Mesothelioma - An Asbestos-Related DiseaseMesothelioma - An Asbestos-Related Disease

Asbestos is a group of minerals that occurs naturally in the form of bundles of fibers. These fibers can be converted into thin threads that are resistant to heat, chemicals and are not conductors of electricity. Basically, asbestos is a silicon based compound with several variants such as amphibole, chrysotile...etc.

Asbestos can be found in construction cement, insulation, roofing, boilers, steam pipes, hot water pipes and a host of other products. In the 1900s, asbestos was linked to a series of respiratory problems that were collectively known as asbestosis. Later, in the 1950s, the link between asbestos and mesothelioma was made. Asbestos is now recognized as one of the most potent carcinogens in our environment. Yet, even today, asbestos can be found in many products of daily life (ex. Fireproof clothing, caulk, clutch plates, brake pads...etc.)

Who are at risk of developing mesothelioma?

Asbestos is especially dangerous to those people who work regularly with it. When an asbestos-containing material is disturbed, the fibers are released in the atmosphere and can be inhaled by people in that environment. Construction works (e.g. renovation of old buildings constructed with asbestos-containing cement), pipefitting and other such works can release asbestos fibers which can then be inhaled by workmen. Secondary exposure has also been known to occur. Asbestos fibers collected as dust on the clothes and hair of workers can be inhaled by their family members. It is known that an exposure of as low as two months is sufficient to result in mesothelioma 30-40 years down the line.

Factors affecting the risk of developing mesothelioma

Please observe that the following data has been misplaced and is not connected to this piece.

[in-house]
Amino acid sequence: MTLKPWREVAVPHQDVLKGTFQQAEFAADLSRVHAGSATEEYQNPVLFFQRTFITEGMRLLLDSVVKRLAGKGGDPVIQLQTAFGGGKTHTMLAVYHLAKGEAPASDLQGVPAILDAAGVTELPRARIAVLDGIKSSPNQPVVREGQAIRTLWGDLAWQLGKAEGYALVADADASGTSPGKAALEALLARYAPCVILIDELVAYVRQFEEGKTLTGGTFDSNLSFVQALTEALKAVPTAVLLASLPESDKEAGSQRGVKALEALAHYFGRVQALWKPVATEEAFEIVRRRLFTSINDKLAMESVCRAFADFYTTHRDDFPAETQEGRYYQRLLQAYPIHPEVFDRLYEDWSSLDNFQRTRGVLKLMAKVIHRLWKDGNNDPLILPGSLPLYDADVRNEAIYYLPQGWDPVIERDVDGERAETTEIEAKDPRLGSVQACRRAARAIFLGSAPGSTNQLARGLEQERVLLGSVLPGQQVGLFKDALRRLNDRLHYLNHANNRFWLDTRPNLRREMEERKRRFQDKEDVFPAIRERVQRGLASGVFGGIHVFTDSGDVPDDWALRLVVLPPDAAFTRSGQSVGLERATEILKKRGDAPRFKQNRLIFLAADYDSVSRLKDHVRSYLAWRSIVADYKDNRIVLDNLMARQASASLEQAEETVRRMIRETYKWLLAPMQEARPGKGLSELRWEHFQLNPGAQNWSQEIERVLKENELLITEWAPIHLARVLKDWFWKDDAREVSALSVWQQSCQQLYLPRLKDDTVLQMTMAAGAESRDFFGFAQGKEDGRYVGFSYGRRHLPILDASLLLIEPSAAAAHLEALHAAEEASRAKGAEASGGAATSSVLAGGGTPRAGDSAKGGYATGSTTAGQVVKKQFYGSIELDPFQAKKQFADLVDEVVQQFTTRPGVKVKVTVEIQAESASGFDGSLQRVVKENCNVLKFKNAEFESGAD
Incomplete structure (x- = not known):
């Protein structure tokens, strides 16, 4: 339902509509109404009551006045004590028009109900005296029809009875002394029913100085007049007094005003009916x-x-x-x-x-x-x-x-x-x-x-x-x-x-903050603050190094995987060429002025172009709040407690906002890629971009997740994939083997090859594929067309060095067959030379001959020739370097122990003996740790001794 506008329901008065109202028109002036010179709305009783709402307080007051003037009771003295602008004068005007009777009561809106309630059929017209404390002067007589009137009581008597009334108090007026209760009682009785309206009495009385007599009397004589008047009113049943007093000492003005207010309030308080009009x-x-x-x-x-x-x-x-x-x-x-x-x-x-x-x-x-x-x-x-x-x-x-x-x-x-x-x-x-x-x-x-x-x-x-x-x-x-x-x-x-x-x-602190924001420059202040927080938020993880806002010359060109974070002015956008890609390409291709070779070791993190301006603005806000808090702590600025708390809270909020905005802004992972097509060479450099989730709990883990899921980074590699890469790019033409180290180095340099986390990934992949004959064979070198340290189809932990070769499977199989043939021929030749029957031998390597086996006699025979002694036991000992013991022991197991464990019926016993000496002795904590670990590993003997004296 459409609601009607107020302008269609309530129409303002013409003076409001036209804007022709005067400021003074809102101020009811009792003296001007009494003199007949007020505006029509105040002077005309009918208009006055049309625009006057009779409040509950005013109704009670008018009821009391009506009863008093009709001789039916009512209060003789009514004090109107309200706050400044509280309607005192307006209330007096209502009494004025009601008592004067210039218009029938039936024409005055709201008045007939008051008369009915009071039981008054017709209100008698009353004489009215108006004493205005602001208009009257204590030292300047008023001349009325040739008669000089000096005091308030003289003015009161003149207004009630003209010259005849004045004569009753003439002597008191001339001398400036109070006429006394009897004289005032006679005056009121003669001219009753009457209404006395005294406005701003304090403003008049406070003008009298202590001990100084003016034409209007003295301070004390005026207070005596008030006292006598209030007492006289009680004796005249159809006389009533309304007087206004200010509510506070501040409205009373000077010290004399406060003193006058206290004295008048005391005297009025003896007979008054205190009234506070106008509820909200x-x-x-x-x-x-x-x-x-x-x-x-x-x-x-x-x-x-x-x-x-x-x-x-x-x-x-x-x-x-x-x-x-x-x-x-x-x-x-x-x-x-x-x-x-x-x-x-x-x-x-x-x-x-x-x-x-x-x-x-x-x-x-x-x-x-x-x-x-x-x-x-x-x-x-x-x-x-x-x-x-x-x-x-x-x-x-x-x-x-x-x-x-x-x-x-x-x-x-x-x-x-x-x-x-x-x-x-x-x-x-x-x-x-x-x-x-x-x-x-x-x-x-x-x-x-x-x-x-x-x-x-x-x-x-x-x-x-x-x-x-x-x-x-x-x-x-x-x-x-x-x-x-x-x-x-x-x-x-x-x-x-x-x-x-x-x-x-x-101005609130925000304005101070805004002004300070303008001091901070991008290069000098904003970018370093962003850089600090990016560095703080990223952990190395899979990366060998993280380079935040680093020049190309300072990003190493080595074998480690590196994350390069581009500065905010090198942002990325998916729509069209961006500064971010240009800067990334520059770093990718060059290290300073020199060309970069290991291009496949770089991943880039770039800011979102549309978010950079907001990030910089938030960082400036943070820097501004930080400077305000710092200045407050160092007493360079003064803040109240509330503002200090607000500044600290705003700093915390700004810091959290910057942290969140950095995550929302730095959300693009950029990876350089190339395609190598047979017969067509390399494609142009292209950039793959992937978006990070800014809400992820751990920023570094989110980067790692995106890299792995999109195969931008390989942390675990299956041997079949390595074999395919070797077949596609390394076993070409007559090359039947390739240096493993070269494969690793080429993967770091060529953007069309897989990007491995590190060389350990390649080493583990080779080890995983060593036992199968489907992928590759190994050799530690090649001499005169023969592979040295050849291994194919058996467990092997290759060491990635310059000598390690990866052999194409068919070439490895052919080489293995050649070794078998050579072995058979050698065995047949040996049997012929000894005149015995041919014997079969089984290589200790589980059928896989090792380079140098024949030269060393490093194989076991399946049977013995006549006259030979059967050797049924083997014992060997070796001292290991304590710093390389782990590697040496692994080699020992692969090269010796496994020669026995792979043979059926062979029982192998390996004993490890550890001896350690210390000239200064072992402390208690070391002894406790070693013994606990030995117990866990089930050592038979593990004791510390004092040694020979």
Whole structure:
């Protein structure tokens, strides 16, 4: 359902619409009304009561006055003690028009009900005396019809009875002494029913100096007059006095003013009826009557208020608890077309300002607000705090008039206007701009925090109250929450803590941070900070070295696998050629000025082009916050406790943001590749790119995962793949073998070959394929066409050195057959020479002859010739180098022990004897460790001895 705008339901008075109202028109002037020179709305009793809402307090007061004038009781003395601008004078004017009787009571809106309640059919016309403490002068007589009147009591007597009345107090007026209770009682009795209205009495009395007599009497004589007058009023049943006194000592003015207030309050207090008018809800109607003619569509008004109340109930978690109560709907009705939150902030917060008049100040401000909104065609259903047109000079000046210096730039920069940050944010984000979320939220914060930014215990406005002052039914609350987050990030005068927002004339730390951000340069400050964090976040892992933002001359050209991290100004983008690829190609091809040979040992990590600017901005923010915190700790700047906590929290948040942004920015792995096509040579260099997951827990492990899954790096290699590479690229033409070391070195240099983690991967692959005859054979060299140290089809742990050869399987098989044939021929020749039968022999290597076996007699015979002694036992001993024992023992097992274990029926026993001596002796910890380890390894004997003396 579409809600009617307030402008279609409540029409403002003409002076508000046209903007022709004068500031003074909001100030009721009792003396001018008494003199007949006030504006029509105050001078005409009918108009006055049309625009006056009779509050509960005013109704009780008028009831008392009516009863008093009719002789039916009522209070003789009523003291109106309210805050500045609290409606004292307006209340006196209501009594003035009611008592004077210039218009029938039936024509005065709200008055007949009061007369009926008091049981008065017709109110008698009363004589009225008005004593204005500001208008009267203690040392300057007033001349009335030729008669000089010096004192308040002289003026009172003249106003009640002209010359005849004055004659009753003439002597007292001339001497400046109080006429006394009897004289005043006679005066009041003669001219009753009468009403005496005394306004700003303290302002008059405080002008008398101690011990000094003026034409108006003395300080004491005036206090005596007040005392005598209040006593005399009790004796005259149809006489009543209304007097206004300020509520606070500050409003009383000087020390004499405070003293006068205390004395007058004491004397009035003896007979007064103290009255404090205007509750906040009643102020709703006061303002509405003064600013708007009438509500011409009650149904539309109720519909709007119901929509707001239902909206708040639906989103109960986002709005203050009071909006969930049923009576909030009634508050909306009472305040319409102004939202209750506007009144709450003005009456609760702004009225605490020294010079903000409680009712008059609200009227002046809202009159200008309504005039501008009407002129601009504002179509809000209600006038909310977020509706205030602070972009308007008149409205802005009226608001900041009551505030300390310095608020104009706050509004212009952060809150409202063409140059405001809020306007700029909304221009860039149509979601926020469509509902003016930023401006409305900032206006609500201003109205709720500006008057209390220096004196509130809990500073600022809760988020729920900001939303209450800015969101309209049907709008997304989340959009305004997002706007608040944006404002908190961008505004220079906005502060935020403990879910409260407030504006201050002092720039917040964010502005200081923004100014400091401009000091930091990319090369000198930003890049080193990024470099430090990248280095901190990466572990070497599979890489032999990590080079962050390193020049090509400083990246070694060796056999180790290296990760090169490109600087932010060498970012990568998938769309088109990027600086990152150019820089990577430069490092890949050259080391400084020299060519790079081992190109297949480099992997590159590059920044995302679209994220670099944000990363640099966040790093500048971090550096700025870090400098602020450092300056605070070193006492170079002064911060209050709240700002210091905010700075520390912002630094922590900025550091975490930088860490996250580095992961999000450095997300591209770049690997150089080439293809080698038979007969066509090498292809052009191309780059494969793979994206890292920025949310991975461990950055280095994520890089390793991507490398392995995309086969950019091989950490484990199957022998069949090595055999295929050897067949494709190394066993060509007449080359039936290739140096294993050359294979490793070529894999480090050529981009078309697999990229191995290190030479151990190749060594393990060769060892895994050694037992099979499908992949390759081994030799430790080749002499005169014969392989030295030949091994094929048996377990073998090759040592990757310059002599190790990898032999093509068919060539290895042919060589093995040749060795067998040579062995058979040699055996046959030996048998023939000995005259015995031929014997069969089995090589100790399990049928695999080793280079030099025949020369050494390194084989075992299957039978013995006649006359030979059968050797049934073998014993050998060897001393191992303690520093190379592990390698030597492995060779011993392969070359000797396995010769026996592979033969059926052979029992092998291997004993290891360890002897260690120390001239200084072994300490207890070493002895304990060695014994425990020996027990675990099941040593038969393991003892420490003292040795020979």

Several factors determine whether asbestos exposure will cause mesothelioma cancer in the future:

* Dose (how much asbestos is inhaled)
* Duration (length of exposure to asbestos)
* Type of asbestos fiber (for mesothelioma, amphibole fibers are considered to be more dangerous because they remain in the lungs longer and migrate to the mesothelial layer).
* Individual risk factors such as smoking and preexisting lung conditions

How asbestos causes Mesothelioma cancer?

Once inhaled, asbestos causes cells to die causing the lungs to become scarred. Asbestos fibers slowly work their way towards the alveoli and eventually into the mesothelium.

For a while now, scientists have been unable to determine the precise pathway by which asbestos fibers cause cancer. This is because asbestos is supposedly necrotic in nature (i.e. it kills cells). Dead cells are not supposed to multiply and produce tumors. It is only recently, in 2010, that this paradox was resolved. Asbestos fibers cause programmed cell necrosis which releases a molecule known as high-mobility group box 1 (HMGB 1) protein. HMGB1 initiates an inflammatory reaction that results in the production of mutagens and tumor growth factors.

Mutagens damages the DNA of the cells including those parts that regulate cell reproduction. Cells begin to reproduce uncontrollably forming tumors. The growth factors encourage the tumors to expand hence resulting in mesothelioma and lung cancer, depending on the site of the damage.

Take a look at what is happening and either consult with your doctor or an attorney.
by Jason Bacot
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Jason Bacot - Are you looking for more information on Mesothelioma and want to find out exactly what the Mesothelioma Symptoms are? Then I suggest you check us out online at immediately!
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